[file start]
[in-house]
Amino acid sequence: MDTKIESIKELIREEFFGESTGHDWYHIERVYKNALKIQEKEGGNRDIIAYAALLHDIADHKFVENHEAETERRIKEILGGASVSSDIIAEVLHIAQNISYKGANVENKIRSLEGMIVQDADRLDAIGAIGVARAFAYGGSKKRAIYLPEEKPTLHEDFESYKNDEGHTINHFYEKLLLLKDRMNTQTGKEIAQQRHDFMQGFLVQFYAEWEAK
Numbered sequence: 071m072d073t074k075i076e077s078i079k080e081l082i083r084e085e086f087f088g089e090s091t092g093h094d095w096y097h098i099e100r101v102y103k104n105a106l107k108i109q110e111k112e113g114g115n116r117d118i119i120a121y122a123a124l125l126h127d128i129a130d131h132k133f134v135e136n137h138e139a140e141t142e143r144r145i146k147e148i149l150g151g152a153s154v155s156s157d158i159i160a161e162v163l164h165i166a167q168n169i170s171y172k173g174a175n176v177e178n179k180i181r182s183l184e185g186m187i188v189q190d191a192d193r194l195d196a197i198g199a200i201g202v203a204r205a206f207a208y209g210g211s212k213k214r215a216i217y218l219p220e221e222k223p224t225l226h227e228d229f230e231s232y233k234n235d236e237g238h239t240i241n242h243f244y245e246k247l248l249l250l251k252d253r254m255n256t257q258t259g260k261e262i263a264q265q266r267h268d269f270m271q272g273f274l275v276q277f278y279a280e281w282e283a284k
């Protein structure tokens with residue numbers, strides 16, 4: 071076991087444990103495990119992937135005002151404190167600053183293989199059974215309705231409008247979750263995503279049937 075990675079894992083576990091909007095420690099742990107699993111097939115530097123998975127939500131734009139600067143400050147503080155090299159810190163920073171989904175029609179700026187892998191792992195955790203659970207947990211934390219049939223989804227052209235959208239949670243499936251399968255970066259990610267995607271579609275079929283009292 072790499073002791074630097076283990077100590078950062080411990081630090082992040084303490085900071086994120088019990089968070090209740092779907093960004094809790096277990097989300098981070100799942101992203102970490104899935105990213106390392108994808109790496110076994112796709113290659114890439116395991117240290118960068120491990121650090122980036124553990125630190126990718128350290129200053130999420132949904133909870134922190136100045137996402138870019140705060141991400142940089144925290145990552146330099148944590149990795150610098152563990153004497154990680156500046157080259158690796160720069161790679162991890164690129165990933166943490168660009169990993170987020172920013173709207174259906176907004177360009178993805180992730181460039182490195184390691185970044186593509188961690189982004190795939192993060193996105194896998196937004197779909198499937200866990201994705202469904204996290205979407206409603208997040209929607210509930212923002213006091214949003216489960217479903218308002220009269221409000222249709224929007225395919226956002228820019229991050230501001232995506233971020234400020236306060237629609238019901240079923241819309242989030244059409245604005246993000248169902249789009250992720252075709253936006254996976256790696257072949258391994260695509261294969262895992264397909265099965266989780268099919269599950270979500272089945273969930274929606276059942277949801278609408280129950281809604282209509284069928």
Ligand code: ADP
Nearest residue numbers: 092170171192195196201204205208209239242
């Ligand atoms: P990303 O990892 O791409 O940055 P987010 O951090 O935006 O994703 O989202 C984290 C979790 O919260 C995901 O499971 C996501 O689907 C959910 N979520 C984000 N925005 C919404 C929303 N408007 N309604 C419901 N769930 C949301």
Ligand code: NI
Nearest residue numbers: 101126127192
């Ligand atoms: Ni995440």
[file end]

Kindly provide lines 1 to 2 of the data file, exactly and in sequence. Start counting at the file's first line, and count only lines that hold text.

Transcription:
[in-house]
Amino acid sequence: MDTKIESIKELIREEFFGESTGHDWYHIERVYKNALKIQEKEGGNRDIIAYAALLHDIADHKFVENHEAETERRIKEILGGASVSSDIIAEVLHIAQNISYKGANVENKIRSLEGMIVQDADRLDAIGAIGVARAFAYGGSKKRAIYLPEEKPTLHEDFESYKNDEGHTINHFYEKLLLLKDRMNTQTGKEIAQQRHDFMQGFLVQFYAEWEAK